“But then we’ll only find out about them when they’re on Earth doorstep!” complained Ganett.

“Whereas right now we can’t detect them until they’re already crashing on our couch! I’m not saying the NEOs should be our only project. We do need R&D to look at the numerous challenges for interstellar probes.” Raskin started ticking them off on his fingers. “Fully autonomous guidance systems. Long-lived power generation systems. Extreme-gain antennas. Physical self-repair mechanisms. And, to a lesser extent, propulsion systems that can approach relativistic speeds, and that can brake quickly enough to allow orbital insertion afterwards. But,” he stressed, “we need to make sure we can meet immediate needs first, before we sink too much money in the future.”

“Thank you, gentlemen,” Riggs said. He lurched backwards in his chair, looked confused for a moment, then lifted it slightly so he could slide its non-wheeled feet backwards on the carpet to let him get up from the table. “We’ll meet again tomorrow and I’ll run my proposed presentation the House Committee by you for your input.”

Raskin followed him out of the makeshift conference room, out of the hastily constructed secure area in the center of the office building, and returned to his office.

“Good afternoon, sir,” a familiar voice greeted him once he had stepped through the door.

“Sergeant!” he exclaimed. “Well, this is a surprise! Please, have a seat. How have you been?”

“Can’t complain, sir. Plenty of work to keep us busy these days. No more time for Movie Nights, though, I’m afraid.”

“Well, you win some, you lose some. Oh!” he said, noticing her sleeve. “Congratulations on the promotion, Master Sergeant.”

“Thank you, sir,” MSgt Abernathy smiled.

“No need to call me ‘sir’ anymore, you know.”

“No, sir. You didn’t come out so bad yourself.”

“Yes, well,” Raskin shrugged. “From what I heard the brass had some interesting discussions over what to do with me after all of it. Apparently some of them wanted my head for the situation getting as out of control as it almost did, but my guess is they couldn’t figure out a way to point the finger at me without raising question as to why they let a lowly major be in charge of something like that. I suspect the honorable discharge was to save face all around. So here I am now, sort of an in-house consultant for NASA.”

“Well, Col Newmeyer seems to respect the work you did there,” MSgt Abernathy replied.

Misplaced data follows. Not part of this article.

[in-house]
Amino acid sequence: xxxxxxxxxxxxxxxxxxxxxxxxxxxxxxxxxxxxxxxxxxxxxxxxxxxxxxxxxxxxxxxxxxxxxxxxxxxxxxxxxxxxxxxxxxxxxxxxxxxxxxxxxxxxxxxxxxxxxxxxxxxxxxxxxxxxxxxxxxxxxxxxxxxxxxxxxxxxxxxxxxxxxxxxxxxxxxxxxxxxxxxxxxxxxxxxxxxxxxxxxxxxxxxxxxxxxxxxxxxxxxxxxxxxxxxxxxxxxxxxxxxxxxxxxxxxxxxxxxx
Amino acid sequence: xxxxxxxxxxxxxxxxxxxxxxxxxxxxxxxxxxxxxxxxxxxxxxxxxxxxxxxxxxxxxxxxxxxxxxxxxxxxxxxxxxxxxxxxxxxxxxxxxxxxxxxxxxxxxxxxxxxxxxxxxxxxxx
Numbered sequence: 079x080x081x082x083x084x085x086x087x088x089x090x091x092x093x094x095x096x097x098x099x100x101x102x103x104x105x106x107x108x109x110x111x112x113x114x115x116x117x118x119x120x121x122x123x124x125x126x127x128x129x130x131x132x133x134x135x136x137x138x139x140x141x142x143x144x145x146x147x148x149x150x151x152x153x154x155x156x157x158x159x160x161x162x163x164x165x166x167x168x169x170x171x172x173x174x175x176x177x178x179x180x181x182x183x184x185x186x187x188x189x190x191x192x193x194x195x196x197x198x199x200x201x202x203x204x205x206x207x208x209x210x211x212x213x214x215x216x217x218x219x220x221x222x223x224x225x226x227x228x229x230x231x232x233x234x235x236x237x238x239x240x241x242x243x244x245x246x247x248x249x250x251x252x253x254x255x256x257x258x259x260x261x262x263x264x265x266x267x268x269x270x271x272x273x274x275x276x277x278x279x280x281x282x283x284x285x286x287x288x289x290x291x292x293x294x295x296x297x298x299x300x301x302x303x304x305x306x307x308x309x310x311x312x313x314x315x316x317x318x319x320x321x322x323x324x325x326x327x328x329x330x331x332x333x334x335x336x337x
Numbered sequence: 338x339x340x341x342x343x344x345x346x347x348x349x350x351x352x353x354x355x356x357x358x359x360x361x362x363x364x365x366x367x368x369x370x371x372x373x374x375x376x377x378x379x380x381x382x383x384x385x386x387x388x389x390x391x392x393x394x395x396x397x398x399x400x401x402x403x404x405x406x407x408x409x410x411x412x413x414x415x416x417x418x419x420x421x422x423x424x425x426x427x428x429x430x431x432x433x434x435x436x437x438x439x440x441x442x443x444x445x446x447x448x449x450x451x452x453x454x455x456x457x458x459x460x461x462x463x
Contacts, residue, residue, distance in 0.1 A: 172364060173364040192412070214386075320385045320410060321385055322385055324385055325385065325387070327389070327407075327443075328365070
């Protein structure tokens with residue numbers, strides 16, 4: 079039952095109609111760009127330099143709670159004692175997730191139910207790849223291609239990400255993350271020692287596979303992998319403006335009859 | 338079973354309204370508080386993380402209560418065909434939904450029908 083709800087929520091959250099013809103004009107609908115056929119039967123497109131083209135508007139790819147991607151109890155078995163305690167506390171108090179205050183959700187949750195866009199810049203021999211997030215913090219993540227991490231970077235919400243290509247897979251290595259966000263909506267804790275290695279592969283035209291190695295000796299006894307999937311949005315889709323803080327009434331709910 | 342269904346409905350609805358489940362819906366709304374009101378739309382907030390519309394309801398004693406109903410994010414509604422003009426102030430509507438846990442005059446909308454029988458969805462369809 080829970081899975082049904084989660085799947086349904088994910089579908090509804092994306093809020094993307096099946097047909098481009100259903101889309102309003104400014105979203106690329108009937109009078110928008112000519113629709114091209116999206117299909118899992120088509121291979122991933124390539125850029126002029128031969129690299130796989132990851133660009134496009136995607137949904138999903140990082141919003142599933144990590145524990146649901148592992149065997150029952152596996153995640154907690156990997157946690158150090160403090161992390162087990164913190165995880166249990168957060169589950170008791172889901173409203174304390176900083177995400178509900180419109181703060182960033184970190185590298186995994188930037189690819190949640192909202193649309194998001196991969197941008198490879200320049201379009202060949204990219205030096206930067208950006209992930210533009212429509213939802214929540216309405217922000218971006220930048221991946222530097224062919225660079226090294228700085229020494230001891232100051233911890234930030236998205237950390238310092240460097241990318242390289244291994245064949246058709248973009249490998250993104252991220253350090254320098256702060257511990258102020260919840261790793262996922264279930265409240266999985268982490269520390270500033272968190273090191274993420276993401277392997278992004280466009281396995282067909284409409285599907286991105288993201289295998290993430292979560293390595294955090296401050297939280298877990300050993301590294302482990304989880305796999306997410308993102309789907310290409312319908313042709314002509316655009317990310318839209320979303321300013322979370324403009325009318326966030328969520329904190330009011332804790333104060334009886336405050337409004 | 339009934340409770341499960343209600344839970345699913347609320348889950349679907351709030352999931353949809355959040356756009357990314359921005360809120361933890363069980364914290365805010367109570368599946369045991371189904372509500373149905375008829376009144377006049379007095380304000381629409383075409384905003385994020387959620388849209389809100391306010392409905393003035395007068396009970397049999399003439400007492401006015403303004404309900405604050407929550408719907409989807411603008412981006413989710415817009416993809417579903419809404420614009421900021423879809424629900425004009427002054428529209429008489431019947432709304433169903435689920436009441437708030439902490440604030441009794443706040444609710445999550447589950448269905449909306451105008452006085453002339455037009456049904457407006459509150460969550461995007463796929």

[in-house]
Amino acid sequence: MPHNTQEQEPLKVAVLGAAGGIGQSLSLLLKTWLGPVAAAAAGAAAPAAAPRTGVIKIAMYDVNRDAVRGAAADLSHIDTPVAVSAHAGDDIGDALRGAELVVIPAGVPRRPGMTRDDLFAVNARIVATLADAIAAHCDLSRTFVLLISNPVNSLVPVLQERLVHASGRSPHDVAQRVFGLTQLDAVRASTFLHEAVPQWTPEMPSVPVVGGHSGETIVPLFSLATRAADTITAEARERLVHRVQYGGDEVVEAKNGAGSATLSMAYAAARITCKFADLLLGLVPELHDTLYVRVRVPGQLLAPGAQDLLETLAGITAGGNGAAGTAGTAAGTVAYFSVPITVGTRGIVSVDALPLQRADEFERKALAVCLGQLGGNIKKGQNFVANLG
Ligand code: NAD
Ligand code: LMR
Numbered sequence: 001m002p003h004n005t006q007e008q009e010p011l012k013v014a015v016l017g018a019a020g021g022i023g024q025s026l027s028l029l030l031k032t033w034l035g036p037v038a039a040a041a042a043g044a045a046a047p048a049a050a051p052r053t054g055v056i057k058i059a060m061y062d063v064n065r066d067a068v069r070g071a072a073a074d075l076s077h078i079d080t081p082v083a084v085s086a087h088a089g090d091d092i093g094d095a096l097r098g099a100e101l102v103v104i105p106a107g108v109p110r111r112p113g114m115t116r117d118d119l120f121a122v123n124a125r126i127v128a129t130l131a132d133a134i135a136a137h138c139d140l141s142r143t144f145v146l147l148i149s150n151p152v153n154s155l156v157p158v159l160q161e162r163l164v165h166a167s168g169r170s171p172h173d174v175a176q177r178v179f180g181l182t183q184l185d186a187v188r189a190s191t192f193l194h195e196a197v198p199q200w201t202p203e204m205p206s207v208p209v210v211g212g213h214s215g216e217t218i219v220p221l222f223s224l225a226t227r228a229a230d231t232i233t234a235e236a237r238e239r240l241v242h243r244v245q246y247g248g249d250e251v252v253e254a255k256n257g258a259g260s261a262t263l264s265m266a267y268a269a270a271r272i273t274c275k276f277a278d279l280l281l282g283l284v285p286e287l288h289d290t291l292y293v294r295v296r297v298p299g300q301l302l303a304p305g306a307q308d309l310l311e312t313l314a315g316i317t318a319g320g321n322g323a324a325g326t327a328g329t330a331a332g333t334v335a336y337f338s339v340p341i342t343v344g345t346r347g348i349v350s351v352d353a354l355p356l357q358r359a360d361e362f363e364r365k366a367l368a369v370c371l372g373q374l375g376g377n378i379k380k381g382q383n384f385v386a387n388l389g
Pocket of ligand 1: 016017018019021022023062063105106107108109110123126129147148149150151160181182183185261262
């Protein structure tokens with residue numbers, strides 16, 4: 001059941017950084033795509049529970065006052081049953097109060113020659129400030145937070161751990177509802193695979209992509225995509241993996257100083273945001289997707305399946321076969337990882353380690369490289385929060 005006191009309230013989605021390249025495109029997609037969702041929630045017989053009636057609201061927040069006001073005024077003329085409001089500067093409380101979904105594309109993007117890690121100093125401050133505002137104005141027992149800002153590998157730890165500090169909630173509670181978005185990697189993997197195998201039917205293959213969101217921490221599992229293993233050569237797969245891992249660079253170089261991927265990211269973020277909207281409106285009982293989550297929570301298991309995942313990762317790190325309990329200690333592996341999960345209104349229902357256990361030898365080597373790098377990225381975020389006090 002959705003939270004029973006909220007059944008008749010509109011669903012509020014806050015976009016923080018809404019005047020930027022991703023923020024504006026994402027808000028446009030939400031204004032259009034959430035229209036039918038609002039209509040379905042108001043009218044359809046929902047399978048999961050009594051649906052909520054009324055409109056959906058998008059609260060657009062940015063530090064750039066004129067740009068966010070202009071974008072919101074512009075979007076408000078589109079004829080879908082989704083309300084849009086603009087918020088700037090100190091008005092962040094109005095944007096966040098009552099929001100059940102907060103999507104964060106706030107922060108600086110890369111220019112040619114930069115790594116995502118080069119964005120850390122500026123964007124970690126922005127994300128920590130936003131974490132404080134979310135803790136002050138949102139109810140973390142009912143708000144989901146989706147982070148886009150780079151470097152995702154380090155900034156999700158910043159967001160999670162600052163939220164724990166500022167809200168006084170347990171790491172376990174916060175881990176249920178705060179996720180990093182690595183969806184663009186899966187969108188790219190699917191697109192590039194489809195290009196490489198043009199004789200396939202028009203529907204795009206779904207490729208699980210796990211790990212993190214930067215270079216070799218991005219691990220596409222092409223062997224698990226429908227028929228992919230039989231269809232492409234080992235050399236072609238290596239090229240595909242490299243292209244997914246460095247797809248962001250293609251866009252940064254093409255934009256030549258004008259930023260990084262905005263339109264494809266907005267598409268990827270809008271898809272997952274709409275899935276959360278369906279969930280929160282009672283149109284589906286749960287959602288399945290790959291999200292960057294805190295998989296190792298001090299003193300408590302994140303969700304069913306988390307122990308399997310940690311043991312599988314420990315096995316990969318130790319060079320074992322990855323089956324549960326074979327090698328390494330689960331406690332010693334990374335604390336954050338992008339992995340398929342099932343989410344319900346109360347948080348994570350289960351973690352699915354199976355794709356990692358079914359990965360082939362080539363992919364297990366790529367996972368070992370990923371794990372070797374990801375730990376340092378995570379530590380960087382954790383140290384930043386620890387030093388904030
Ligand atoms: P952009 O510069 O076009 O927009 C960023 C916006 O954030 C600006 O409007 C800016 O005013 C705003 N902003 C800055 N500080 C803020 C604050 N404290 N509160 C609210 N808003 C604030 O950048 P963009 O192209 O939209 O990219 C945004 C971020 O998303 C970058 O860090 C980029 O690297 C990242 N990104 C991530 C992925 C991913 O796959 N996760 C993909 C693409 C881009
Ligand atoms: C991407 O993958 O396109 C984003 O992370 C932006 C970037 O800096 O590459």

“Who?”

“The new AFEXOCOM commander. Probably the last one, too. Rumor has it they’re planning on rolling up into USSTRATCOM one of these days.”

“Doesn’t surprise me in the least. I guess now that everyone knows aliens do exist, the mission has a lot more respectability.”

“Alien is the new cyber.”

“What does surprise me, though, is finding you here in Washington. I presume this isn’t merely a social call.”

“How do you figure?”

“The folder full of papers in your lap. And how security wouldn’t let just anyone come in off the street.”

“No, sir.”

“Well?”

MSgt Abernathy got up and shut the door to Raskin’s office. “How busy would you say you currently are?”

“Eh,” Raskin replied. “It comes and goes. Lots of talk and meetings and strategizing, not a whole lot of actual work work.” He paused. “Why?”

“Col Newmeyer wants to bring you on as a private consultant to us. Part-time, of course. Possibly some travel involved.”

“I don’t suppose you had a hand in any of this?”

“Well,” MSgt Abernathy feigned nonchalance, “I might have made a recommendation or two. But the truth is, we really could use someone with your experience on one of our current projects.”

“Oh? What is it?”

MSgt Abernathy slid the folder across his desk.

Raskin opened it up and leafed through the pages inside. “These… aren’t actually telling me anyway. They’re all read-in agreements.”

“That’s correct, sir. Col Newmeyer believes there’s a time and a place for openness. In this case, I can’t say I disagree.”

Raskin paused mid-page flip. “Huh. I don’t suppose you could give me a hint?”

“Unfortunately not, sir. Especially not here. But you do want to sign those papers.”

“Oh?”

“How long would you say we worked together?”

Raskin thought. “A year and a half, at least. Just the two of us at AFEXOCOM.”

“Right. You get a pretty good feel for a person in that kind of situation. That’s how I know you’ll want in on this. I know you don’t like to leave unfinished business behind.”

“Huh.”

“In general, I mean. Of course.”

Raskin gave her a curious look.

“Also,” MSgt Abernathy continued, playing her ace in the hole, “it would make Col Anchower livid to know you were back.”

“Hmmm,” Raskin said, leaning back. “You know, now that I’m not an officer any more, I wouldn’t be required to take any more of his crap.”

“Your words, not mine, sir.”

Raskin reached forward to pick up a pen.

“The flight back out to base leaves in two hours,” MSgt Abernathy said. “I’ve got the car waiting outside.”


Chapter word count: 1,714 (+47)
Total word count: 24,771 / 50,000 (49.542%)